Container Apps

April 24, 2022

Cost Management

If you read my blog post, Keys to Being Cost Effective in Azure, you already know that I prefer not to use virtual machines for either hosting or building solutions. Both Azure & Azure DevOps have resources available for providing these services, but the best part is that most of these resources come with either a free pricing tier or a relatively low cost pay as you go option after a monthly recurring allowance of free requests/instances. In this blog I will be writing about a resource in Azure which I have started using recently that is still in private preview at the time of writing but has tremendous potential - Azure Container Apps.

My first experience working with containers was soon after transitioning from testing to development. Our team was building a .NET Core application that was to be deployed to and hosted in Pivotal Cloud Foundary (a private cloud). In this case I was only developing & releasing our application to the container as we had a dedicated operations team but since then I’ve had to get a bit more hands-on with containers.

More recently I have used containers to speed up build & release pipelines in Azure DevOps which required a specific set of PowerShell modules & command line tools installed. Using YAML pipelines made launching pipeline jobs from custom container images stored in Azure Container Registry super easy - but I found that the more that was needed in the container the longer it took for the container job to start.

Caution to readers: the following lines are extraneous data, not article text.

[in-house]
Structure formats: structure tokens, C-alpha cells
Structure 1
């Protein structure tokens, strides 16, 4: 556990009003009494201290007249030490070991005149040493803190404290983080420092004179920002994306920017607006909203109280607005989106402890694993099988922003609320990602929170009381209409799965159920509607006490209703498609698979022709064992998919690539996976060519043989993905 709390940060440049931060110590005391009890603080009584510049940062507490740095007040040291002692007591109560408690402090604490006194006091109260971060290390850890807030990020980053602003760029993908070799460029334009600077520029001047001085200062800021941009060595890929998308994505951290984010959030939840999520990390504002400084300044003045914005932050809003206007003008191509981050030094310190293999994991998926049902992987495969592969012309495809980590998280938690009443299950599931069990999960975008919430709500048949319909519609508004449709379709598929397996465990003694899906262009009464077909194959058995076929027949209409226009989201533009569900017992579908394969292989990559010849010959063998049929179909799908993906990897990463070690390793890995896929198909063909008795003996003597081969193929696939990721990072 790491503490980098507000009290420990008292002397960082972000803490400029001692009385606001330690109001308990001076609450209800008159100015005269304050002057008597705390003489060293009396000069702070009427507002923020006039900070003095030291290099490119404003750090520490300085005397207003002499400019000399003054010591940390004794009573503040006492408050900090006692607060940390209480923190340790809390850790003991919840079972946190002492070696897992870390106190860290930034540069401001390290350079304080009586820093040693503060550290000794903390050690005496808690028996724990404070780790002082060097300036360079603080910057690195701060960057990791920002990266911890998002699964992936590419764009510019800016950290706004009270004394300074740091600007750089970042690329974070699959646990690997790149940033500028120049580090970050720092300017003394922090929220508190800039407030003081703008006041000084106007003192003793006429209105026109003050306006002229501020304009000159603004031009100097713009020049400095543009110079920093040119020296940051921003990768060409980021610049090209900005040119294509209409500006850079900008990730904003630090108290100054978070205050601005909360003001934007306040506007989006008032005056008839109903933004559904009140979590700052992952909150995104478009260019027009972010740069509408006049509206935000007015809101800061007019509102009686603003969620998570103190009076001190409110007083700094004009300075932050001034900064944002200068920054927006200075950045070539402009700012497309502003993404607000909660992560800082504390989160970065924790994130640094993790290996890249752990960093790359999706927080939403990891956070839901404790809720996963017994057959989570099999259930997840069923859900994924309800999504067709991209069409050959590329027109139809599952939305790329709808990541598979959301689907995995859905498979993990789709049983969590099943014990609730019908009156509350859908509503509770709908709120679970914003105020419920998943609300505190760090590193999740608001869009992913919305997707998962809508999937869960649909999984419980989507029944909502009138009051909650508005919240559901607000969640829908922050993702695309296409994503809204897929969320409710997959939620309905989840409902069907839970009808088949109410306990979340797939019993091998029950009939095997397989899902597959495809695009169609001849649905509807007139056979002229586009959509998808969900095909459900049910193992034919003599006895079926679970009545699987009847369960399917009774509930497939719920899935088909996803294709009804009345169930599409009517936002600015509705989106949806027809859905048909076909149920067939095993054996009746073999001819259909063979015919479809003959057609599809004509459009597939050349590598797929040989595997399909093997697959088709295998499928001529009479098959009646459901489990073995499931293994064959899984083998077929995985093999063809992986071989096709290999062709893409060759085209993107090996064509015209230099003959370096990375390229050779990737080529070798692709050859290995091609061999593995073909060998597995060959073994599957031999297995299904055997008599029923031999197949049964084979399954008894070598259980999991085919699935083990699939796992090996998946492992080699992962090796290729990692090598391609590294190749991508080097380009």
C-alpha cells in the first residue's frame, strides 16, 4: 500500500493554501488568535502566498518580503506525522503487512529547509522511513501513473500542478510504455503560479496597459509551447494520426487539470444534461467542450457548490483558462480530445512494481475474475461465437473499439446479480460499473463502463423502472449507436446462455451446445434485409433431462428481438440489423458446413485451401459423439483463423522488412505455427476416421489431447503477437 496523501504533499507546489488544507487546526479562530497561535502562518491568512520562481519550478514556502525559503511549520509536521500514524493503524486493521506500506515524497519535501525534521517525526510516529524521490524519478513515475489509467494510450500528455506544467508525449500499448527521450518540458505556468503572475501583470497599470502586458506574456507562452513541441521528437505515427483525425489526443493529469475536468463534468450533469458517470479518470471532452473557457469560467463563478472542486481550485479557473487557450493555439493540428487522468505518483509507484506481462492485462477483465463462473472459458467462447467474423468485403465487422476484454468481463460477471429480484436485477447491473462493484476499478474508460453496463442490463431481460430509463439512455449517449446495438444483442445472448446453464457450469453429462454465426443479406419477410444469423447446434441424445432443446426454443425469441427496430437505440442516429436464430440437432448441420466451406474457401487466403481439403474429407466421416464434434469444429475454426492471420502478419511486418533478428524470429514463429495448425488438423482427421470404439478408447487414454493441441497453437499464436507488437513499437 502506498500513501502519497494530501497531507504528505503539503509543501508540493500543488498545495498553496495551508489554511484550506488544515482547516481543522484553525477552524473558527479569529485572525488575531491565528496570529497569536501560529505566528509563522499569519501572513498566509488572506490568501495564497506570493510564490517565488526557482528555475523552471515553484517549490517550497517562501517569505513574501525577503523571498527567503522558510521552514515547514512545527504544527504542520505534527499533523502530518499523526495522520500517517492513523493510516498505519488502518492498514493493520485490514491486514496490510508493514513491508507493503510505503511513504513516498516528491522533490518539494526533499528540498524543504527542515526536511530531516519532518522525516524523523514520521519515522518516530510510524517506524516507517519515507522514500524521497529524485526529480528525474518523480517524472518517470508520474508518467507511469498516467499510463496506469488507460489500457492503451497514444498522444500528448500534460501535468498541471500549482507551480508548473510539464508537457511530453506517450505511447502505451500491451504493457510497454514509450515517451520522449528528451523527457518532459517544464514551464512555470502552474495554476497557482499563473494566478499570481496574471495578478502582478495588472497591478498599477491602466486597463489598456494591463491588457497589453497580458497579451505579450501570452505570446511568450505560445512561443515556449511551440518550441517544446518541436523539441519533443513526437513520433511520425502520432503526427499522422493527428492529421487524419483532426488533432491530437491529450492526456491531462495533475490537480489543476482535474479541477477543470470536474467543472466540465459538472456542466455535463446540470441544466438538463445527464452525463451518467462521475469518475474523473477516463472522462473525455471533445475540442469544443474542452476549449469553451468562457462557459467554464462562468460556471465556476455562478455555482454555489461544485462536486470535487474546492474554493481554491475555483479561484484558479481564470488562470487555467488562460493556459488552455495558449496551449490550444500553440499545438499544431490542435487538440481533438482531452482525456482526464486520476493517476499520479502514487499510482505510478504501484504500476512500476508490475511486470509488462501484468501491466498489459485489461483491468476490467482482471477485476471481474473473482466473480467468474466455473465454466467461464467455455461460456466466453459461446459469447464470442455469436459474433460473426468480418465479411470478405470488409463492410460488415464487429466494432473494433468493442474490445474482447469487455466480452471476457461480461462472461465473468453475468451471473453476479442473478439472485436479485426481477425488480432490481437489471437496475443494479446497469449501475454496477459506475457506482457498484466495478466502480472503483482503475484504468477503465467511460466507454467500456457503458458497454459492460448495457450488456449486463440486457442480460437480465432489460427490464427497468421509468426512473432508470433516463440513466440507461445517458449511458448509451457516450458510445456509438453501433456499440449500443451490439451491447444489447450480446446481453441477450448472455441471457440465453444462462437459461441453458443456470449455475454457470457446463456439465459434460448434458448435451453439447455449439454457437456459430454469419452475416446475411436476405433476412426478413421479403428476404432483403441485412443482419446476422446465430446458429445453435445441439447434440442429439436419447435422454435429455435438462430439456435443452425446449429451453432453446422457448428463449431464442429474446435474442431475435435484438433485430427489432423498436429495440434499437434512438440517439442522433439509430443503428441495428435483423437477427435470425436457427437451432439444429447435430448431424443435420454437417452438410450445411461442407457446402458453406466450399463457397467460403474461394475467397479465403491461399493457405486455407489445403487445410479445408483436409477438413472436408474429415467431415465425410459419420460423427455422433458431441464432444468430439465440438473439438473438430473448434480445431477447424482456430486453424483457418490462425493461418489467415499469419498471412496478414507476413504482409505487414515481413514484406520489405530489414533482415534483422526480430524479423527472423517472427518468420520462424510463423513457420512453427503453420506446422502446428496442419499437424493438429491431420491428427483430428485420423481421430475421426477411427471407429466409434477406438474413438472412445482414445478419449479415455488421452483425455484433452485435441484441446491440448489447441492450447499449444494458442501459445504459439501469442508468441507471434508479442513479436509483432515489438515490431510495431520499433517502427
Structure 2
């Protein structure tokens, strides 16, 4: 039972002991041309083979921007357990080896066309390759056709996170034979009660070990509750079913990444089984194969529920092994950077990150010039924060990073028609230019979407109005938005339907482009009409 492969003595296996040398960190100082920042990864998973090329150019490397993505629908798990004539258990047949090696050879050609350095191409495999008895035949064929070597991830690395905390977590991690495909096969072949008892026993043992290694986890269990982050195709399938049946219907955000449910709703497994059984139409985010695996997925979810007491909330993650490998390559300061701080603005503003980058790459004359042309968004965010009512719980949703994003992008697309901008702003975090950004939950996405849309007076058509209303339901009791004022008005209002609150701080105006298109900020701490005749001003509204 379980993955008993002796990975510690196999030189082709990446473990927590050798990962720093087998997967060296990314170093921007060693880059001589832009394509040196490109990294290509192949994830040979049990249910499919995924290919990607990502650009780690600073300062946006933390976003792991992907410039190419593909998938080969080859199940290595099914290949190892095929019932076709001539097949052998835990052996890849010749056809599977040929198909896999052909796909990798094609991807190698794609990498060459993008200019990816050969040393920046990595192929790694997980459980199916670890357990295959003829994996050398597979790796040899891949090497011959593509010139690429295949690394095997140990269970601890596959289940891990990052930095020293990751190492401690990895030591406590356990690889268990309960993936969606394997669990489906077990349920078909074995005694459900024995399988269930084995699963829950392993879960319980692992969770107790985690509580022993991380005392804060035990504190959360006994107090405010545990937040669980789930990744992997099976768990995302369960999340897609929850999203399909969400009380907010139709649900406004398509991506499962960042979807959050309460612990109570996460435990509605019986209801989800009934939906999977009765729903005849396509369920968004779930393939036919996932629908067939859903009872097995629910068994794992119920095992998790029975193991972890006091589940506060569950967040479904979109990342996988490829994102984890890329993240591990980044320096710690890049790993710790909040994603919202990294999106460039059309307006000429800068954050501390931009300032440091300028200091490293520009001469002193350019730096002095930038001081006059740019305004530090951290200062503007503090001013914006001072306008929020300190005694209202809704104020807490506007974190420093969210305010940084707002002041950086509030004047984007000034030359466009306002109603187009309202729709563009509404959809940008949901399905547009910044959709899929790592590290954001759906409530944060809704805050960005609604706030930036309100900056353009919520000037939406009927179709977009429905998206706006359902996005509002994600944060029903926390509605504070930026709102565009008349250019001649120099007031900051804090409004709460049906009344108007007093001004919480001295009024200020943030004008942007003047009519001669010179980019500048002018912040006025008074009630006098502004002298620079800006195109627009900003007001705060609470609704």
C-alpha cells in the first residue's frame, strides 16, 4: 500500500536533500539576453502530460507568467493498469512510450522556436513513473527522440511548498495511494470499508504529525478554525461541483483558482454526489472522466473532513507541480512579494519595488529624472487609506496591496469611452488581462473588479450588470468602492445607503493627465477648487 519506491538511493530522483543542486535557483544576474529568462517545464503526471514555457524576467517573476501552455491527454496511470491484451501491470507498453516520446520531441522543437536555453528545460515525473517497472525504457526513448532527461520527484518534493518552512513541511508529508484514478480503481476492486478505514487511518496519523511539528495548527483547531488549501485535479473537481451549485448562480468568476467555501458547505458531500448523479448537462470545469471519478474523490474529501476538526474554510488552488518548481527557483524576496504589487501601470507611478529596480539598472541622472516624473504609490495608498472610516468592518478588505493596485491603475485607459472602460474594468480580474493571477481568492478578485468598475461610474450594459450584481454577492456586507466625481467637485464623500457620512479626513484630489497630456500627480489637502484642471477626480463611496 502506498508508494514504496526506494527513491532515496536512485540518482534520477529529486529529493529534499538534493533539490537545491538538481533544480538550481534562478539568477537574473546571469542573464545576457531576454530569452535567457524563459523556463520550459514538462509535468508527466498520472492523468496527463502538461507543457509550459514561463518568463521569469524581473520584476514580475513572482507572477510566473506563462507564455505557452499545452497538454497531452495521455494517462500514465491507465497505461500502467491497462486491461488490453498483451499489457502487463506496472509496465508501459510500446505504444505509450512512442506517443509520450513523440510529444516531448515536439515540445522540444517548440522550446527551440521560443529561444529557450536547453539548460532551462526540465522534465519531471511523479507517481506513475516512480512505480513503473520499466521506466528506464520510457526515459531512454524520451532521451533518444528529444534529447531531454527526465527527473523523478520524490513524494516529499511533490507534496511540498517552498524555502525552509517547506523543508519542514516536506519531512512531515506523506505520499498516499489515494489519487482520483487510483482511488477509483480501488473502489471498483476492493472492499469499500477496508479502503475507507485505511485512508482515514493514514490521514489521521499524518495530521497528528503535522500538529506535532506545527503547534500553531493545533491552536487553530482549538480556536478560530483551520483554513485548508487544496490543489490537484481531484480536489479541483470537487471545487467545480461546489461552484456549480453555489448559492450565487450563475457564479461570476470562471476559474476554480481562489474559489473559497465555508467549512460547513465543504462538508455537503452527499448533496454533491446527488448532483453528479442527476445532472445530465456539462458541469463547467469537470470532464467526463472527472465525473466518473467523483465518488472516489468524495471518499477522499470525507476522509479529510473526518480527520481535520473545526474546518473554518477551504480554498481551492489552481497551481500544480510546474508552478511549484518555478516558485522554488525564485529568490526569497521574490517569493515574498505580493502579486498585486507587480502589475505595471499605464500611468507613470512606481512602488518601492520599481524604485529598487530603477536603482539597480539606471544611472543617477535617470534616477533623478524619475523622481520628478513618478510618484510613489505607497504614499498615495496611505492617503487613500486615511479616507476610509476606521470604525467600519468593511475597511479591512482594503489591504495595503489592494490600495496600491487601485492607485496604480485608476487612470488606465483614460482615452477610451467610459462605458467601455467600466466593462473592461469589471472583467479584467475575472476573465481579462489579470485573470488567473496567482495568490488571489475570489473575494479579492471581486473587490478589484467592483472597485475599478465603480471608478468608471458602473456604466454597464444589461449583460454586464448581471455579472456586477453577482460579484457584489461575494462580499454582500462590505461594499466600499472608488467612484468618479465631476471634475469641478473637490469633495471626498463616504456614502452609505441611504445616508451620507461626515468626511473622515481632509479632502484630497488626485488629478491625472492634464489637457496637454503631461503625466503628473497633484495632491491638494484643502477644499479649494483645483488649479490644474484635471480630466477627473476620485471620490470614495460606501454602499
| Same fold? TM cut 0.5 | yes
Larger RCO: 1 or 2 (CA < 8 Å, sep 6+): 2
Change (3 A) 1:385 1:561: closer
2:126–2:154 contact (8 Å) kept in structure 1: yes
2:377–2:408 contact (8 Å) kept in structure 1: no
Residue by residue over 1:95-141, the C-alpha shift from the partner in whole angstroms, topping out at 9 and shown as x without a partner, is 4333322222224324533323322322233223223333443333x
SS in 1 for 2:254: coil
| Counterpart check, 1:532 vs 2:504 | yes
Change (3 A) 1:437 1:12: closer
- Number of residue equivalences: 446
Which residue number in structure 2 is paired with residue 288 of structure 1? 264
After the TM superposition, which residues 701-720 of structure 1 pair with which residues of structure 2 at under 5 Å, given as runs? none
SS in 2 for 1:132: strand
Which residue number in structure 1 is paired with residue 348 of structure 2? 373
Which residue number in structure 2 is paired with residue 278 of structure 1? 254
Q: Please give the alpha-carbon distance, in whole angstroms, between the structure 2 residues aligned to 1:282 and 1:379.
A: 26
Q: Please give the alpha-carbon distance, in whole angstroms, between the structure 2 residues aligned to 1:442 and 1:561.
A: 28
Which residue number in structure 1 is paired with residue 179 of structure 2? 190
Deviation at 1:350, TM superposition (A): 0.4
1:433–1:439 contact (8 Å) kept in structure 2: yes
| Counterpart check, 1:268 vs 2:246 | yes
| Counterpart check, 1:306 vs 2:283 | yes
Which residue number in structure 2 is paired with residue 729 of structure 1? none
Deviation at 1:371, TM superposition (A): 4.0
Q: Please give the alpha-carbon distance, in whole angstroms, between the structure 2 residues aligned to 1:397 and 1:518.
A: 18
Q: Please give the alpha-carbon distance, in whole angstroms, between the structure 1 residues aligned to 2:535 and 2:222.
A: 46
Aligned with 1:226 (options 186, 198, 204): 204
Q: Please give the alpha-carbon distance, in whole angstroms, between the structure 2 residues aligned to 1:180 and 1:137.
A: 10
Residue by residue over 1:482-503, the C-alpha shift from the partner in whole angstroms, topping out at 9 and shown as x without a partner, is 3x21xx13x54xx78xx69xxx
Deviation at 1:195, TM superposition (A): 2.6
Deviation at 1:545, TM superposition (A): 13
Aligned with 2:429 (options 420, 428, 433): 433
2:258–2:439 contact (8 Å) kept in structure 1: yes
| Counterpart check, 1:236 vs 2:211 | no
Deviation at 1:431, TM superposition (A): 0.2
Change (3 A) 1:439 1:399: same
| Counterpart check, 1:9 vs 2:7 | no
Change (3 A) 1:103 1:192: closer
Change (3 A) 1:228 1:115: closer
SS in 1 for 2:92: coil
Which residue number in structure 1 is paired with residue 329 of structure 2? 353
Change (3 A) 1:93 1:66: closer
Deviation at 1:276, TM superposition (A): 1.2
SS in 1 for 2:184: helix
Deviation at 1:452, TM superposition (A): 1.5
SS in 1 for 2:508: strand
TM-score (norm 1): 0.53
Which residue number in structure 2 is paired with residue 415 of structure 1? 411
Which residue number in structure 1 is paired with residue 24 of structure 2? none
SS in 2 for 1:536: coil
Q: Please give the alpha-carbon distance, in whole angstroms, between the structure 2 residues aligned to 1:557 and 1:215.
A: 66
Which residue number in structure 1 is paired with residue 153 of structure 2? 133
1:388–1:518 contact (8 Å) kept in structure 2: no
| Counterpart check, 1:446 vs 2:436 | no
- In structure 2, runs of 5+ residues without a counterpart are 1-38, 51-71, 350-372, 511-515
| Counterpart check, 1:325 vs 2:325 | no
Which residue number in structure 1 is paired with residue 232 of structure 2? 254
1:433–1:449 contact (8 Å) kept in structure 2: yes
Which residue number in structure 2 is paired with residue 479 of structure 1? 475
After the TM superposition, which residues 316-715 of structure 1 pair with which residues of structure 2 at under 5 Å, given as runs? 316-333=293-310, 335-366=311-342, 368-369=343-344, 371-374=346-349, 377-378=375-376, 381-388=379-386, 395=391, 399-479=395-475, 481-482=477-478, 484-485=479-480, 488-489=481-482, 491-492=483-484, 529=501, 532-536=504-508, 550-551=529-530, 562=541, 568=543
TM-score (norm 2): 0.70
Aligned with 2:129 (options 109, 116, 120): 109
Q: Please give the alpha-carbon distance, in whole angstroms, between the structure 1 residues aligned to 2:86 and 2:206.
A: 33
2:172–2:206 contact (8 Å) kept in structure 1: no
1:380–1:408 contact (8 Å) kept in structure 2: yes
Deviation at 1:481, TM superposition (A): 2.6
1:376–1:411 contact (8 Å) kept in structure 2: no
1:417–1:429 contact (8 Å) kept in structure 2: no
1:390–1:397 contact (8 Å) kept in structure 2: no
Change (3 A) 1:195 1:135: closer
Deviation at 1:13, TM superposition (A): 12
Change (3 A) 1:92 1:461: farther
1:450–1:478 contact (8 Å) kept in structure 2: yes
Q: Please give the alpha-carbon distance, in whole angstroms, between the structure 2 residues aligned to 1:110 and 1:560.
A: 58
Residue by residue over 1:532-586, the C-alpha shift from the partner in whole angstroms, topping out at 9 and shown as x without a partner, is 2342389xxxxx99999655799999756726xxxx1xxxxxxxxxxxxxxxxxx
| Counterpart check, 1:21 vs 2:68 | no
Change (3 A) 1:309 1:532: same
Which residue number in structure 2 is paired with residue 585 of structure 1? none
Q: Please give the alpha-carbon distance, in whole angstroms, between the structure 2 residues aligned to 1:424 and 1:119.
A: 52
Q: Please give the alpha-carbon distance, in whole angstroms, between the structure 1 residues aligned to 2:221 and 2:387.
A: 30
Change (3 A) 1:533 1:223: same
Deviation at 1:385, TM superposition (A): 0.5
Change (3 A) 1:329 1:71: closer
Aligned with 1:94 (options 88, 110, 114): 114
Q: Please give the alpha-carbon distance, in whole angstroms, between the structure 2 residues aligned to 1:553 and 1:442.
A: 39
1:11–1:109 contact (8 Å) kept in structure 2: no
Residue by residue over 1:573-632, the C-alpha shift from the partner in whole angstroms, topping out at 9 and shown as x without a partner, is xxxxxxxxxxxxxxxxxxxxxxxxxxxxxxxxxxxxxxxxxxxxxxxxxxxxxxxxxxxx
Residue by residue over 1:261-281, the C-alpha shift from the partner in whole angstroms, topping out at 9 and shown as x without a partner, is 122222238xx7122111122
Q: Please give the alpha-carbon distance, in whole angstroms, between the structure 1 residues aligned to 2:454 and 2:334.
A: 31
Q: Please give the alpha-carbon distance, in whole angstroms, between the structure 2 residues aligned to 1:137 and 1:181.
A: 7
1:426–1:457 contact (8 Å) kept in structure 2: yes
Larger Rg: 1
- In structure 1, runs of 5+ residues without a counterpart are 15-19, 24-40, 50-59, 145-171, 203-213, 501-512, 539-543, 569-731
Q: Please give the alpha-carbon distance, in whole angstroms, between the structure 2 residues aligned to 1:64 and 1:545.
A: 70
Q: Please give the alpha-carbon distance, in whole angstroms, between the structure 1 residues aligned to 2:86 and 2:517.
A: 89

- stage: Test
  displayName: Test Imges
  dependsOn: [Build]
  - job: test_ubuntu
    displayName: Test Image - Linux
    container: $(imageRepository):$(tag)-ubuntu
      - ...

  - job: test_windows
      vmImage: windows-latest
    displayName: Test Image - Windows
    container: $(imageRepository):$(tag)-windows
      - ...

Typically for building I will rely on the Microsoft hosted agents in Azure DevOps and for hosting that means utilizing resources like Azure Function Apps, Automation Runbooks, Storage Accounts (often with static site enabled), & Static Web Apps.

When it comes to all types of software development the shorter your feedback loop is, the faster you can learn from and react to changes, and the faster you can deliver a valuable working product - but in many cases that has always came at the cost of at least one virtual machine.

Where the costs start to stack up in the software development industry is when you realize that virtual machines were needed not only for hosting any products & services (multiplied by the number of copies needed of the production environment for development, test/qa, etc.), but also for building & developing those products & services.

Now I will admit that I am not old enough to have seen for myself, but I hear from my elder peers that dedicated build virtual machines were not typically maintained properly - nor were they

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Written by Nathan Duff who lives and works in Metro Detroit, MI building, testing, & releasing quality software. You should follow them on Twitter